Cruel and Barbaric and Pointless
What else is there to say?
This morning, after dropping Hugo at school and driving back into town to take Bruno to Kita, I pulled up at a red light. The sun was blinding me a little; it’s been unusually sunny in Berlin these past few weeks. “The Riddle” was playing on the 80’s radio station that Hugo’s obsessed with and insists on listening to in the car. Bruno was sitting quietly in his car seat behind me. I was squinting at the intersection ahead of me and checking the fuel economy display, my new hobby, as the motor hummed beneath me, when Bruno piped up out of nowhere:
“Mommy, can I go fight for the Ukrainians? I want to go fight for them.”
Bruno is five years old.
What else is there to say? This war is cruel and barbaric and pointless. Like all wars, yes, of course. The suffering is not new or more noble or more in need of saving. And still the injustice burns. Every time I take a hot shower, or wash the dishes, or turn on the gas stove, a wave of guilt and fury comes over me.
It is so close to us. Lviv is closer to Berlin as the crow flies than Paris. Fleeing Ukrainians are arriving in Berlin in great numbers, something like 13,000 a day. We have so many friends with a Ukrainian family now living in their spare room, in their basement, in their living room. Nearly everyone I know is involved in some degree in the relief effort, raising money, rushing supplies to the train stations to welcome these traumatized people, donating their clothes, their furniture, pet food, whatever they can. There is little else to think of or worry about. Even Covid talk has nearly disappeared, though Germany now boasts the highest infection rates in Europe.
I read about people building bunkers in Italy. About Germans hoarding toilet paper and canned goods again. My reaction is ghoulish amusement. Who are these people? Who actually wants to survive a nuclear attack that much? Why not put that energy into saving Ukraine now?
I read a cookbook about the Black Sea. Will I ever get to see Odessa? Will Putin have the nerve to destroy it too?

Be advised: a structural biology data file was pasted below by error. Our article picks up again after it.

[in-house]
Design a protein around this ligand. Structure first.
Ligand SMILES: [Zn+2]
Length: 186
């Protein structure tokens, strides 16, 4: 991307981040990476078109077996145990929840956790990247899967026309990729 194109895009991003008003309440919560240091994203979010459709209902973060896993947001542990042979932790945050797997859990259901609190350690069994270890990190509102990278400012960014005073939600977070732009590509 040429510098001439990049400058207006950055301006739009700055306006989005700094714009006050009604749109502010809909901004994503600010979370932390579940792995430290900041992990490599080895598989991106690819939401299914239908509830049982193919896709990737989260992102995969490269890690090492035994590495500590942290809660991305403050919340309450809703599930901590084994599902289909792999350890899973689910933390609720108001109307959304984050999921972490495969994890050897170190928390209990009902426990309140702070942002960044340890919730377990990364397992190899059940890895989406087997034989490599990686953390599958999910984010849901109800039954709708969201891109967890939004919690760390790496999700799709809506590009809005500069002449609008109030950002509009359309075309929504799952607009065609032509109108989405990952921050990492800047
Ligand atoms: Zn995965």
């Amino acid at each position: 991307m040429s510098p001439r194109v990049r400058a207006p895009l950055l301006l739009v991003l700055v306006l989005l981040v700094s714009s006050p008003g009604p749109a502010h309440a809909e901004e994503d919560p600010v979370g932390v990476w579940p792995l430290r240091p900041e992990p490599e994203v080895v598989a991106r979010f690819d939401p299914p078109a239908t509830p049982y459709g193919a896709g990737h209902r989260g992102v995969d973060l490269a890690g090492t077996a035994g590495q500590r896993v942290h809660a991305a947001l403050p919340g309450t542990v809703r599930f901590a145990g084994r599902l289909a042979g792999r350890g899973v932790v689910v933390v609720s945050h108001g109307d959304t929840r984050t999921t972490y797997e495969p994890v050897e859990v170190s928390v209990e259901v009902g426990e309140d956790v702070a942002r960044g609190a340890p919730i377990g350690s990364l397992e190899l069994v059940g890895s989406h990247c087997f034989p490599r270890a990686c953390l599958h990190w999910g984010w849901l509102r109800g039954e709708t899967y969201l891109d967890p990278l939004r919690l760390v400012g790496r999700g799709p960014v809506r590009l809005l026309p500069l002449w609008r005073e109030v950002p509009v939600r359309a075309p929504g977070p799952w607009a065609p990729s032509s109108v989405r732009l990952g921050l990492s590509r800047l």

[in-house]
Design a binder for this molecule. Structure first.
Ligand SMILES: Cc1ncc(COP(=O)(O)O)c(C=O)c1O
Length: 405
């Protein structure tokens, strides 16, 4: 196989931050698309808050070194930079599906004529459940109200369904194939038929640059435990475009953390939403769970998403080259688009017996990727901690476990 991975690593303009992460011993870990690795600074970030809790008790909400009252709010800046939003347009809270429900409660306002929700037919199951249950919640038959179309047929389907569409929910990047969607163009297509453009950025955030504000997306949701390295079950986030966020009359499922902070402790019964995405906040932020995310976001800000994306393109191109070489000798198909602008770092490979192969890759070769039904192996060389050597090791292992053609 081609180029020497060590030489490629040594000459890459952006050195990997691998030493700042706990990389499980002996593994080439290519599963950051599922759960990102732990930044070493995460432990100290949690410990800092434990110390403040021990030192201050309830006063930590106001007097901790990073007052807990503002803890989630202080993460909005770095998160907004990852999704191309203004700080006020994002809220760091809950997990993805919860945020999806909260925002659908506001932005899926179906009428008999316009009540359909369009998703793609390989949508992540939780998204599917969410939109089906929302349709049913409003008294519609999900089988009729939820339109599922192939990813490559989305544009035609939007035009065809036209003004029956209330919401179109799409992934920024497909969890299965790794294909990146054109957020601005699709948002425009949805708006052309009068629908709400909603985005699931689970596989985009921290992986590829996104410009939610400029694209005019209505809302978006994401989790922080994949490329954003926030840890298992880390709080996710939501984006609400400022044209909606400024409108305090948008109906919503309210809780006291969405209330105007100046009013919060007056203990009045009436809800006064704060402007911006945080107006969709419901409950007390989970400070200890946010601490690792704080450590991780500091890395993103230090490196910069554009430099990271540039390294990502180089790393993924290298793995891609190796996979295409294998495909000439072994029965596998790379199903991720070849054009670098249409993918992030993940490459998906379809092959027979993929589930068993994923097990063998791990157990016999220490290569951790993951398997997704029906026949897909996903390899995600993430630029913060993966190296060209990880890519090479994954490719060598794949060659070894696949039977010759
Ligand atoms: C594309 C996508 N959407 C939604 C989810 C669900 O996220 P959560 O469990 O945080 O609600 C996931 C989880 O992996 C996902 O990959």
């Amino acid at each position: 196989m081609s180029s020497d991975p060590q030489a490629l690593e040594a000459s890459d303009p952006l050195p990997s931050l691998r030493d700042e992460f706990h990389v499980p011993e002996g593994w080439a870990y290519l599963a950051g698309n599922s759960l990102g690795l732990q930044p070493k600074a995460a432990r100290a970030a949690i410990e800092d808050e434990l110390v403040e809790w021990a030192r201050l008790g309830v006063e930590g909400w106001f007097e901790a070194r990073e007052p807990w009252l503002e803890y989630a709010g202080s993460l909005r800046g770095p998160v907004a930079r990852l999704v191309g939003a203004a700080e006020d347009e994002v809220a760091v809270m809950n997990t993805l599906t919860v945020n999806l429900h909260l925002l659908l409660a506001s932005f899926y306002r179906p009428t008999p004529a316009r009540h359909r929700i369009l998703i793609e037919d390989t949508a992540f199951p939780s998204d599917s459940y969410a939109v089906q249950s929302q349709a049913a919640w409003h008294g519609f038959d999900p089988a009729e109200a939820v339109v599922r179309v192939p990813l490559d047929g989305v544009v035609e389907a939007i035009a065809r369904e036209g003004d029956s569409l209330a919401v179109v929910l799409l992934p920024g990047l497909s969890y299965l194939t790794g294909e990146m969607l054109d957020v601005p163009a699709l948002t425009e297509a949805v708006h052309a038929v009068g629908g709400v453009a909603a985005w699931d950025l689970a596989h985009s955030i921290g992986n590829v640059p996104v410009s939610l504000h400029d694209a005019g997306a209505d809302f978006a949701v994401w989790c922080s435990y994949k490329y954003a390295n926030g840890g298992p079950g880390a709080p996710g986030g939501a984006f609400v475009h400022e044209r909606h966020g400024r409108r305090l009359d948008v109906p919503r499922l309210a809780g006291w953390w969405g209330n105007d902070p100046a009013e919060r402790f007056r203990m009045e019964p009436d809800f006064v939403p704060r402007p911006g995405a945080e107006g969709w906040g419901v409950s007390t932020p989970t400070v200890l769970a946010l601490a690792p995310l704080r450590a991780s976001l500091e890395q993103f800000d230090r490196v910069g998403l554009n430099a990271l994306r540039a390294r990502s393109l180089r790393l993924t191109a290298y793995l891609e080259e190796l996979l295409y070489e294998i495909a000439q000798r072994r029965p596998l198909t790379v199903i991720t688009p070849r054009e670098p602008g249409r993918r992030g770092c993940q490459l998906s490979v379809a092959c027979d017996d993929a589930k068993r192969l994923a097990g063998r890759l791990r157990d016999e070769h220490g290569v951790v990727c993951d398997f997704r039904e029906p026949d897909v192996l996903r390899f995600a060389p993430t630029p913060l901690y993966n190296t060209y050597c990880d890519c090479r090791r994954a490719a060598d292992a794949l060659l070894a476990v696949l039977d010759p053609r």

I read a Russian cookbook and make rassolnik, which is delicious. At the demonstrations I attend, the loudest applause is always for those in Russia brave enough to stand up against the war and risk punishment.
I start Life and Fate and stop again. The past, especially here, feels too far away for once.
My paternal great-grandparents were from Lviv. They emigrated to the United States around the turn of the century. My father remembers that they were Russian-speaking, but I know little else about them. Certainly nothing compared to my Italian mother’s family, where ancestors that far back are still referred to by their first names and spoken about in intimate emotional terms.
My mother’s father was cared for, in the last 13 years of his life, by a Ukrainian woman who became like family to us. She left her family in Ukraine to find work as a caregiver in Italy and we had the incredible good fortune that she ended up in our family. Gentle and kind, with the sweetest voice, Eugenia was the one by my Nonno’s side when he died in a hospital at nearly 100. She is still in Italy today, though she works for other people now. Her name is still on our mailbox; my mother helps her with her paperwork and legal issues. Decades of work in Italy have paid for the construction of a house for Eugenia’s daughter near Chernivtsi.
Eugenia wanted to stop working soon. To go home and be with Dmitry, her husband, and her grandchildren, who are still young. Eugenia’s son works in Germany and has a family there and, thank goodness, he is safe. But her husband and her daughter and her daughter’s children are all still in Ukraine. Chernivtsi is in the west of the country, which was spared violence until this past weekend.
Eugenia has begged her husband to come join her in Italy. But Dmitry refuses. He is old, he says, and wants to die in his country. He has a gun, he tells her. If the Russians come, he’ll kill them and then he’ll use the gun on himself.
What else is there to say?
I assume at this point that you know where to donate your money to help Ukrainians. I think it’s worth mentioning that large international aid organizations are just as worthy of your support as smaller ones. All are doing important work and all of them need your help, from Caritas to World Central Kitchen, from Razom for Ukraine to Unicef.
In particular, though, I’d like to shine a light on a Berlin-based aid organization called Be An Angel. They are working day and night to bring Ukrainians to safety, picking them up in buses on the border between Moldova and Ukraine and driving them to various locations in Germany. Moldova is one of Europe’s poorest countries and is currently sheltering something like 300,000 Ukrainians. Be An Angel was founded by Andreas Toelke, a former journalist, in 2015 when so many Syrians came to Germany and it does great work.
On Sunday, March 20th at 1:00 pm EST, I’ll be participating in a fundraising Bake-A-Thon along with nine others, organized by the wonderful Jennifer Kouvant of Six Dutchess Farm. I will be demo’ing how I make my Marbleized Poppy-Seed Cake from Classic German Baking. Tickets cost $25 and 100% of the proceeds will go to CARE, World Central Kitchen and Razom for Ukraine. To buy a ticket, go here. If you can’t make it at 1:00 EST, the event will be recorded and sent to you. Thank you.